It Doesn't Have To Be War and Peace

When I teach classes, my first order of business is to help future retirees know they MUST have a plan if they want to run in to a secure and comfortable retirement. In doing so, I try to make it perfectly clear that a 300-page manuscript IS NOT necessary. Just a roadmap to get you where you

want to go, from where you are now.

Clearly, when it comes to investing for retirement, valuable advice is: DON’T focus on the day-to-day market blips. Unfortunately, U.S. savers (per U.S. News & World Report) have taken that suggestion a bit too far.

“Instead of avoiding daily monitoring of plans, many Americans are ignoring their savings – or don’t even have a strategy. According to a recent survey from Voya Financial, 80 percent of those with retirement plans have avoided reviewing or making any changes over the past year. “That’s compared to 43 percent of the respondents making changes to a phone, cable, or Internet plan.”

In full disclosure, I did change my cable package this year. Strangely, it was my 21-year-old son, Josh, who was most startled that Sponge Bob was no longer available. He’s an airplane pilot who flies when he’s not watching Nickelodeon – so figure that one out!

So let’s begin with a very simple question. What should you include in your retirement plan? Basically, your plan should address where you are now and how you can get to where you want to be for retirement. Remember, your plan doesn’t need to be the length of a huge novel like War and Peace. Instead, it should just touch on the basics. Your journey towards crossing the Finish Line from career to retirement will go easier if your plan includes the following:

Savings Rate

Save as much as possible! Don’t make the mistake of saving less because you think the growth of your investments will cover shortfalls. It won’t. How much should you save? That depends on how much you intend to spend in retirement; however, it should be noted that increases in your savings will go further than increases in your expected rate of return.

Spending During Retirement

Many people underestimate how much they will spend because they’d rather not contemplate not having enough cash in the bank to fund their ideal retirement.

Current and Future Tax Rates

Tax rates may currently be on sale, and the time may be right for Roth conversations for your savings to grow tax-free.

Rates of Return

It is best to be cautious. The choices are a) Use a high estimate for rate of return so the outcome looks good in the retirement calculator, or b) Be more realistic. If you’re more conservative, you may have more money in your later years. The alternative is sweating out every, last penny until your final breath – which seems like fun! Not.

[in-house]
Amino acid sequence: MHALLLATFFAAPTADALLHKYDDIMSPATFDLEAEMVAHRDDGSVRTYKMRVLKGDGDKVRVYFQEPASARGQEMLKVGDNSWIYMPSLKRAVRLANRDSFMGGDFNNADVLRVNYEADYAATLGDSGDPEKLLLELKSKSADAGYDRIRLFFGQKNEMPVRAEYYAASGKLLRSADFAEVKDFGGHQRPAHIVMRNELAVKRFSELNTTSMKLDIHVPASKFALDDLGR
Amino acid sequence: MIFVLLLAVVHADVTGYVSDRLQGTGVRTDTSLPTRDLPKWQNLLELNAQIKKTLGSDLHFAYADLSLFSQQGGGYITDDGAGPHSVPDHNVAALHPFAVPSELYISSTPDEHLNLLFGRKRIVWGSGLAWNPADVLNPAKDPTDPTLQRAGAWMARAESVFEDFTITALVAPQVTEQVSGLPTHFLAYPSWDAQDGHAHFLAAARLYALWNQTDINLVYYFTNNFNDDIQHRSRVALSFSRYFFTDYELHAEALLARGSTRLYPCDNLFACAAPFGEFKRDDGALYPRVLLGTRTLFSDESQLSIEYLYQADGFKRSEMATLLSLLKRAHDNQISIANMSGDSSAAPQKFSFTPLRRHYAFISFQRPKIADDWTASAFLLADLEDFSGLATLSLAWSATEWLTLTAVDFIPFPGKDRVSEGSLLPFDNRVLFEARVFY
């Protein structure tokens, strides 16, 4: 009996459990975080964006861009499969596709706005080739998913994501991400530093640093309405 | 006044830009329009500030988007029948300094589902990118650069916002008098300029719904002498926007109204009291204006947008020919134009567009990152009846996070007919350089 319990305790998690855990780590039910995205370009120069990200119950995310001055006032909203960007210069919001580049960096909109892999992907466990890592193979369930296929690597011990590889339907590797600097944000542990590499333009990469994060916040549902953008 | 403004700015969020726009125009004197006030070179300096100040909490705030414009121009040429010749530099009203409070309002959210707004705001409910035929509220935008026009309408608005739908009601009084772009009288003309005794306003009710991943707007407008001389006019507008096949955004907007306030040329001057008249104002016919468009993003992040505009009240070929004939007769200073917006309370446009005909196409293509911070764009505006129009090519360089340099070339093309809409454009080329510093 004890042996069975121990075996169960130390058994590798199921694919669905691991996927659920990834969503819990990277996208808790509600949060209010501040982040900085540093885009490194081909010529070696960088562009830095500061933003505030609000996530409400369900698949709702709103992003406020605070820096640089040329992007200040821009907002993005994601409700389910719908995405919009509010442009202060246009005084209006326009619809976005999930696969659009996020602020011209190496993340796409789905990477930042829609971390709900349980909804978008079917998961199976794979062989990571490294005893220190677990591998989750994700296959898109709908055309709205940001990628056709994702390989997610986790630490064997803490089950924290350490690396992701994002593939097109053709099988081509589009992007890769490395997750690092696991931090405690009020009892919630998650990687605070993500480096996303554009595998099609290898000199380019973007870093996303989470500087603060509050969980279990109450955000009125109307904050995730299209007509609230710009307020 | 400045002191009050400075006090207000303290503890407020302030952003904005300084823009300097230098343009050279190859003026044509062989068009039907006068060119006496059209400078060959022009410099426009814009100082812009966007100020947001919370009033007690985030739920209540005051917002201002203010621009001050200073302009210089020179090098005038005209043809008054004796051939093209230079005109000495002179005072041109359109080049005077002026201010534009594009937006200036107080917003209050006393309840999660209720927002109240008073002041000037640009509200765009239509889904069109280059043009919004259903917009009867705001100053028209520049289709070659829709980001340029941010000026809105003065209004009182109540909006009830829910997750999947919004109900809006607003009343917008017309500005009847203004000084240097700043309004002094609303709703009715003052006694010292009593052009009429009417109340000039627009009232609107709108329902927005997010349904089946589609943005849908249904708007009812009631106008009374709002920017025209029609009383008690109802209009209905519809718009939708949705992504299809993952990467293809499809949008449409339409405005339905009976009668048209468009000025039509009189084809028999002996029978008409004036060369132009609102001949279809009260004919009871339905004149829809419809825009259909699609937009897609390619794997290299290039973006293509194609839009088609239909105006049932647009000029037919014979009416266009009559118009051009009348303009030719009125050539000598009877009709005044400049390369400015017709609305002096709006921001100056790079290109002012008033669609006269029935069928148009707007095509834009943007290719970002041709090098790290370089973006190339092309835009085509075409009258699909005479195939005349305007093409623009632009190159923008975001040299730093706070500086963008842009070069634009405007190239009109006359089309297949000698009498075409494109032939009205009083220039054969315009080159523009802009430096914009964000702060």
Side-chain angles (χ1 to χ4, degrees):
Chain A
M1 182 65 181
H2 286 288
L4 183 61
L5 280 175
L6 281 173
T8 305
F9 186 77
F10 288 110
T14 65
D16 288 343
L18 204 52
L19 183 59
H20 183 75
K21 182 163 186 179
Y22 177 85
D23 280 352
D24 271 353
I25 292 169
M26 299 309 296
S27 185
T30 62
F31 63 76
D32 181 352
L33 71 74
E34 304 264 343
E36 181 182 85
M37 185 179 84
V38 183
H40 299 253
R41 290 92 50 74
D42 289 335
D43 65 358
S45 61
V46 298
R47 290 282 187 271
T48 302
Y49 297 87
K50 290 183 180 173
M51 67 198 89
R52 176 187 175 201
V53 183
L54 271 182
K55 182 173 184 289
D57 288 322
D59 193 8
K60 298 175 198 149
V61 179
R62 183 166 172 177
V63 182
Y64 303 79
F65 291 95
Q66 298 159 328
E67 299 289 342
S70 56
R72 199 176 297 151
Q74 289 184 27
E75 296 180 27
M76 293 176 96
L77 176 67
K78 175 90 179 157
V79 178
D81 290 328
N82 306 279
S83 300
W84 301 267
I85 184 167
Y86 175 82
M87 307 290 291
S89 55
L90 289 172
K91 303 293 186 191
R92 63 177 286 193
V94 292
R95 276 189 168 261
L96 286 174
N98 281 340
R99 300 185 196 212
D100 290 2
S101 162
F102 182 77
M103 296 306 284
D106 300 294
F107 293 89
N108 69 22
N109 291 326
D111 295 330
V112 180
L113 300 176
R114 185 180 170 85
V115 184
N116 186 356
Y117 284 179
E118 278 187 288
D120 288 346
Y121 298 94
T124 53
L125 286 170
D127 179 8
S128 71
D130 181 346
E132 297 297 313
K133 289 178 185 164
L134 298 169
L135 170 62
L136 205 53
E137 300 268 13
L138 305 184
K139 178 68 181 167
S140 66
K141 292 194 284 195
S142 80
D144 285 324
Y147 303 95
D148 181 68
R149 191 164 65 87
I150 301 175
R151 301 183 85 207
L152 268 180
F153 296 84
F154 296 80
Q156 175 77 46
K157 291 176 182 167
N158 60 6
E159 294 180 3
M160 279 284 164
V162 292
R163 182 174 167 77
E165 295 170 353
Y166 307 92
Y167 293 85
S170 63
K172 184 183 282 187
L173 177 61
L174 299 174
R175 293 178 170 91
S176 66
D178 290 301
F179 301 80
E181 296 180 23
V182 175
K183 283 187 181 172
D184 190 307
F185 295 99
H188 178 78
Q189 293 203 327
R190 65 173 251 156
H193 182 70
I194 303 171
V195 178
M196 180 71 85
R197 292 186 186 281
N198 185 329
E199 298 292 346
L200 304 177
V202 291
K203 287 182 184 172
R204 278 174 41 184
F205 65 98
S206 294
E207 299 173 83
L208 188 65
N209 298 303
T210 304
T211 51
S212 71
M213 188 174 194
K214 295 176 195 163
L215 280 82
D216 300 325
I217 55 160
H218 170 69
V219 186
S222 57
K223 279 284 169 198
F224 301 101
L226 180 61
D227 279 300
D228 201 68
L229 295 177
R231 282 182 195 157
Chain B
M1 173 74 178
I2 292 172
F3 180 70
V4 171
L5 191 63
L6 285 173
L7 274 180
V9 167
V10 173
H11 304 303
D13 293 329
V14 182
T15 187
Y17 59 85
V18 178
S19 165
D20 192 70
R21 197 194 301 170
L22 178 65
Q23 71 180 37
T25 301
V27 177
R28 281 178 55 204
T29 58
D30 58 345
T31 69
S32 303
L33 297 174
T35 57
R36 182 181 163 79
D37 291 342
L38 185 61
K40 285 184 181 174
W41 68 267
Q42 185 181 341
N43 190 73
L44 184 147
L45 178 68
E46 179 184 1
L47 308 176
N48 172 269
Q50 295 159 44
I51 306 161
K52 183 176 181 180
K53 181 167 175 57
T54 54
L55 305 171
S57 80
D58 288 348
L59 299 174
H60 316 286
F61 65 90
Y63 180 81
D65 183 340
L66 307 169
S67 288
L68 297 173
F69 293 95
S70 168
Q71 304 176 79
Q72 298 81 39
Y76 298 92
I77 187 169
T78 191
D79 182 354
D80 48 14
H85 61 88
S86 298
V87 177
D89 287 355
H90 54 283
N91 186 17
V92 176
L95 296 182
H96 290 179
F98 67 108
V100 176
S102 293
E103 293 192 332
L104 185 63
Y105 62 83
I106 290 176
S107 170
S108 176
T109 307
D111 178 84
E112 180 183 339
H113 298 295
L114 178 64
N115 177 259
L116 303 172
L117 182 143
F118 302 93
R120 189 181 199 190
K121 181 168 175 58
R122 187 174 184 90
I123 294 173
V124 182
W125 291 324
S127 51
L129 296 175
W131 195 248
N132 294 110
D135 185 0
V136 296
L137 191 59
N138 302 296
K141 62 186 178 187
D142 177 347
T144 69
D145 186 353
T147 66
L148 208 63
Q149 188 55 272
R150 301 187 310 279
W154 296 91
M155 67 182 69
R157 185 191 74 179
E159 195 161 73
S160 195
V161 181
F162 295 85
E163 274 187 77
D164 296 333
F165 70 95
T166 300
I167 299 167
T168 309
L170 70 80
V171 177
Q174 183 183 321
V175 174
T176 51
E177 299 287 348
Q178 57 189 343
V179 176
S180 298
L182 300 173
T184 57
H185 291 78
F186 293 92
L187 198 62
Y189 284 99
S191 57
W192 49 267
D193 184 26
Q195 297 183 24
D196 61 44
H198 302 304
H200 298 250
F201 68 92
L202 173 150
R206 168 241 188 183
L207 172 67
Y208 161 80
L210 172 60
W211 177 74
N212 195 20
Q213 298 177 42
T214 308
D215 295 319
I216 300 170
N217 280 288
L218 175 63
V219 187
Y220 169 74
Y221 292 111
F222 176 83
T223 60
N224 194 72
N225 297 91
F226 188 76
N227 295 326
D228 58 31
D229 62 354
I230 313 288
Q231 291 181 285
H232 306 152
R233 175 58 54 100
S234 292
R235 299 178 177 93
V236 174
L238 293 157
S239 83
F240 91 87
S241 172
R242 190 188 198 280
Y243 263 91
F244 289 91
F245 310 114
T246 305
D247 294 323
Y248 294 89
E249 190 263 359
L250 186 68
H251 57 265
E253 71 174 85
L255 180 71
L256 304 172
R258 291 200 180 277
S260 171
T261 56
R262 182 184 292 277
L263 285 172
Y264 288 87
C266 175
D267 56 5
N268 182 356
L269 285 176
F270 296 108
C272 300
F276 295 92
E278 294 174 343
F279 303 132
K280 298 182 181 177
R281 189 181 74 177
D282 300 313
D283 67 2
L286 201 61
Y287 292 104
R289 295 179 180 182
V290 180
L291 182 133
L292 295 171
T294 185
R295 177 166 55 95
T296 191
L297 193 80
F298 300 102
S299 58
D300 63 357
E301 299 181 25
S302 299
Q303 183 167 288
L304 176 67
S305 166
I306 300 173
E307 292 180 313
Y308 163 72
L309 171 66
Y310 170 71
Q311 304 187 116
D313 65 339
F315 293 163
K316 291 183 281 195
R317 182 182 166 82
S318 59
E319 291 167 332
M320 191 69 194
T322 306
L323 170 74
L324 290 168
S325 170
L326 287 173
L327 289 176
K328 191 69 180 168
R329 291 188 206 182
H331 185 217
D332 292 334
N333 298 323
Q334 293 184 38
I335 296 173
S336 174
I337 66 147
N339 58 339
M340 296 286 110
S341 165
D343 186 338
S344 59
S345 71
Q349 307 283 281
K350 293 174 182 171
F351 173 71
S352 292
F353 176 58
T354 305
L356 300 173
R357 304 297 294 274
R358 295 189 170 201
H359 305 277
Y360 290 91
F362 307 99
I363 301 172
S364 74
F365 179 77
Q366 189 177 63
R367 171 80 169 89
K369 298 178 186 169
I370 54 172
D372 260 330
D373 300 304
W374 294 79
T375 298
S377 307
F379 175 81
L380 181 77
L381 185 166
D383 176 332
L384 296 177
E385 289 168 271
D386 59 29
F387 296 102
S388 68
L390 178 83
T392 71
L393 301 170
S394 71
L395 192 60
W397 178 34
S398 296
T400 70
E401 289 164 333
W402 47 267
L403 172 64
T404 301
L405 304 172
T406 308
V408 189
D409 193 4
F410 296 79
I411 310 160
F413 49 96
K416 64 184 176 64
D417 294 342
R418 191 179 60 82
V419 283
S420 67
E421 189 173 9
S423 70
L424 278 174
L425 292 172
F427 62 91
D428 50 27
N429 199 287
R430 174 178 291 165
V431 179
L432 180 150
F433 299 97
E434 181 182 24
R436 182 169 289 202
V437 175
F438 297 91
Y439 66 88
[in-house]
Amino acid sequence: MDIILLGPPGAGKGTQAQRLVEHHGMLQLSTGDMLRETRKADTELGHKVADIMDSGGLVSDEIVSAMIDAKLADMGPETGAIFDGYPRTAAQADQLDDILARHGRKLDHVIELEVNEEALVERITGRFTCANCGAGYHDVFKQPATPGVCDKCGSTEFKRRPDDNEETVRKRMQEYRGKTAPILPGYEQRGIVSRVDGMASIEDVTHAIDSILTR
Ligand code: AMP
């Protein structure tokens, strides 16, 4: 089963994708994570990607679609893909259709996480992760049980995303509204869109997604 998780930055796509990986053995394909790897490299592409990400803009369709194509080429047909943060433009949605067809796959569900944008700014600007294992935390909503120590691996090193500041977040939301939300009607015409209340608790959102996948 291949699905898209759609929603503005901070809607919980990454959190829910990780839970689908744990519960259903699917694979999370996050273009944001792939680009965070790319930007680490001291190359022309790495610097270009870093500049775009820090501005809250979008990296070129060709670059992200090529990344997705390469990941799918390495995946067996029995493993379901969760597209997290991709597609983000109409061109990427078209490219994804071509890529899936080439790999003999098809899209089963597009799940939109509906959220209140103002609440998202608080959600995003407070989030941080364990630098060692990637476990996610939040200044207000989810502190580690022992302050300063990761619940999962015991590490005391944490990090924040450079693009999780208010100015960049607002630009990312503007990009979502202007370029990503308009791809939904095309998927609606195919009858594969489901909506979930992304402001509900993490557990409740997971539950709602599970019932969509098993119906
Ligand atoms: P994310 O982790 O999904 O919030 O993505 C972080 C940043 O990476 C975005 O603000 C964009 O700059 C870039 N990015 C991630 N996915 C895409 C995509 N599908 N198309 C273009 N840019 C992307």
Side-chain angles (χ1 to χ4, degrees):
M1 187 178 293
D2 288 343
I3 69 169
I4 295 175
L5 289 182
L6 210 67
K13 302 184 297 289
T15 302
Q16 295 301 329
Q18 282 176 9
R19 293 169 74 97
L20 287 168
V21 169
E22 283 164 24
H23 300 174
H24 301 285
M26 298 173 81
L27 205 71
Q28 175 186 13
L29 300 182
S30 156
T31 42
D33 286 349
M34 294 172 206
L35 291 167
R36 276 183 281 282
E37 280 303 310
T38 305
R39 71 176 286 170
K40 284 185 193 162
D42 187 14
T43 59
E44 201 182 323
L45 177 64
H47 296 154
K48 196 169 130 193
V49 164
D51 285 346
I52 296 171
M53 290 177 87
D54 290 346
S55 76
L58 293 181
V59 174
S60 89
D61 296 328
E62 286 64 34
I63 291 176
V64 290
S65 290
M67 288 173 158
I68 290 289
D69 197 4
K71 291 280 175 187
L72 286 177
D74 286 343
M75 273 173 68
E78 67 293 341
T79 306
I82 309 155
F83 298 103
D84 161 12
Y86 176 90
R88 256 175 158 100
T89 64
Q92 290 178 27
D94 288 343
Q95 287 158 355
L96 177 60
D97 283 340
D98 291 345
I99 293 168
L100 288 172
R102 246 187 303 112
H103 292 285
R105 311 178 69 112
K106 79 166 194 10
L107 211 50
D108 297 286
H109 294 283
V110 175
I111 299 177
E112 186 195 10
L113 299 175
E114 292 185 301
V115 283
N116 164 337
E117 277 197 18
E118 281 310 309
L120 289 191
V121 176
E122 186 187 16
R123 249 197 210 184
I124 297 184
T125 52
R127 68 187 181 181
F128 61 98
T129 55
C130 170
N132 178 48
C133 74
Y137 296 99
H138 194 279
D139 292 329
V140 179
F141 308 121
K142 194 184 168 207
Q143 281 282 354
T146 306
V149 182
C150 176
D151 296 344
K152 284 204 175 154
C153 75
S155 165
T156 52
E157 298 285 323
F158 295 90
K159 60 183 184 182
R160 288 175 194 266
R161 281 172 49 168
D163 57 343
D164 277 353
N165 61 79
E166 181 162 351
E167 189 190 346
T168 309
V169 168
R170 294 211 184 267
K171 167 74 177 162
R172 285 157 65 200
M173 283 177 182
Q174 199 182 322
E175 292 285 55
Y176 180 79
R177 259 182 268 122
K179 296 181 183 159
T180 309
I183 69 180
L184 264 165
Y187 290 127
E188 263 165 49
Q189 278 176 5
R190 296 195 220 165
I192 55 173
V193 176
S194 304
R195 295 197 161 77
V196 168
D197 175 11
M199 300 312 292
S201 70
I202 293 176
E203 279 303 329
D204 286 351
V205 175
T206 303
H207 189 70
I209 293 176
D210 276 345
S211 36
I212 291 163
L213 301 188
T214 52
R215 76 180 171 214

Inflation Estimates

While many throw a 2-3% rate of inflation into their battle plan, it may be more prudent to use a rate double that initial amount in retirement because of medical costs.

Investment Mix (Stocks vs. Bonds, etc.)

Excess risk isn’t always the bane of a retirement plan. Often, it’s taking too little risk. There are perils to being too conservative in retirement. Hint: Reducing your stock exposure after your retirement party may not be the best play!

Money in Taxable, Tax-deferred, and Tax-Free Accounts

Many people pay a (figurative) penalty for keeping too much money in taxable accounts. You can get hurt by holding too much money in accounts that generate very little return.

Retirement Assets

Pay attention to the order in which you spend your assets during retirement. A lesser-known fact that surprises many in retirement is that the order in which you spend your money (IRAs/Roth accounts/taxable accounts, etc.) may matter as much or more as the rate of return you generate on your retirement assets. Simply, if you take the money out in the wrong order, you’ll greatly reduce the longevity of what you have. The order of how you spend down your assets should not be overlooked.

In a nutshell, your plan should include every dollar you have, every dollar you anticipate earning from now until the end, and every dollar you anticipate spending in your lifetime both for living expenses and taxes. This is a start, but the process should not be static. All the inputs for your retirement should be reviewed each and every year. Things change, as you know. So your plan should do the same.

That’s just the way it works!